“We’ve got a loyal customer base – we have over one million email subscribers, we’ve got hundreds of thousands of social media followers and we have over a million visitors to our website each month, and that hasn’t wavered. So I guess that has been the strongest thing for us, that customers have continued to support us. There’s been the odd customer that have been deep in shareholder forums that have questioned whether their gift cards would be valid, but it’s been pretty rare from a customer point of view.

From a partner point of view Patterson says they have been more cognizant about it, “because they’re in the industry and they read those articles.

“There has been some management with those partners but the administrators (FTI Consulting) have provided us with good support to enable this process – our company is still solvent and its business as usual. We’ve been able to manage any of that negativity that has come from partners,” explains Patterson.

“We’re not just paying our bills – we’re buying big for peak so we’re ready to trade strong for peak which is important,” adds Dennings. “We might be a pureplay retailer, but by dollars spent, compared to many of the big name bricks and mortar stores, we’re turning over more volume than they do.”

Following the most recent update from the company, the administrators of the Surfstitch Group are taking proposals for the deed of company arrangement which will be assessed and forwarded to the creditors of SurfStitch Group Ltd and SurfStitch Holdings Pty Ltd for review and to vote on, with a preference to go down the path of a restructure as opposed to liquidation. says it hopes to continue to trade strongly and hopes that its does so within a structure where it has got financial support but none of the “financial detractors” from the Group. “Because we’ve sold off parts of the business that have been non-profitable, we look forward to being a leaner more profitable business which continues to grow and establish itself within the niche in which we operate.”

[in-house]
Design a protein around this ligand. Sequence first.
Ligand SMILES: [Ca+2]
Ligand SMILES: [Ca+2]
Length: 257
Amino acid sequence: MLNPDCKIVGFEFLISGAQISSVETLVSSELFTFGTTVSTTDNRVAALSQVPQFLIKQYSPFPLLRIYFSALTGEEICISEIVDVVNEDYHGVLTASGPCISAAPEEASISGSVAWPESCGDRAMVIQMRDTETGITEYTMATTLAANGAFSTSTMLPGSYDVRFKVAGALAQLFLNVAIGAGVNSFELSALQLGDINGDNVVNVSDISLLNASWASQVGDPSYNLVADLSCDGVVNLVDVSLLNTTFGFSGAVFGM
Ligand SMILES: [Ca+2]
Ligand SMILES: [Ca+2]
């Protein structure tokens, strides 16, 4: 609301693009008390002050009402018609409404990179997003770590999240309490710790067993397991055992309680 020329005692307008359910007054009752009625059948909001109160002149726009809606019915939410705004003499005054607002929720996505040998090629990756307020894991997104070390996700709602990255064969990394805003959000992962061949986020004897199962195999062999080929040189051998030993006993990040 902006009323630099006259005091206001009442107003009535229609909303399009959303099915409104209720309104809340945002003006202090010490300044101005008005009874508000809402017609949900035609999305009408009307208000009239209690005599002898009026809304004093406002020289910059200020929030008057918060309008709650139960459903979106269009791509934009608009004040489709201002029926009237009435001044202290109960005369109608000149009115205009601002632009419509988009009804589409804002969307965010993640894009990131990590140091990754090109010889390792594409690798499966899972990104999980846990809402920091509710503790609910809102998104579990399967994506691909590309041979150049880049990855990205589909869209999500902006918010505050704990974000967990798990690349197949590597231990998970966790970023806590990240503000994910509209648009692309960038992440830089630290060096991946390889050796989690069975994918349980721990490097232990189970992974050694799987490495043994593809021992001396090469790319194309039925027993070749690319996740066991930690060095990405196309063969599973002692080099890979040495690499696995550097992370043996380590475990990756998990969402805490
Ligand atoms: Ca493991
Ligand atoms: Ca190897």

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2 thoughts on “ Talks on Voluntary Administration”

  1. Richard Thai says:

    Good article which explains the difference between a holding company and the trading company going into administration. This is what was missing in the mainsteam media when this was reported a month or so ago. Well done!

  2. David says:

    It’s interesting how is trying to separate itself from Surfstitch Group. Surstitch is the ‘Group’s’ main source of revenue. If Surstitch Group goes down, goes down. The can try to spin it all they want but, when your company is only valued at $20M and you have a $100M lawsuit looming (and the associated ongoing legal fees, which are substantial), it really doesn’t matter what your sales are. If you’re thinking of giving Surfstitch gift cards (or frankly even buying holiday gifts that may need to be returned), I wouldn’t have much confidence in buying from Surfstitch at this time. You’ll notice that they mentioned that customers have had questions about their gift cards being valid, but the didn’t actually give you an answer as to whether or not they would be.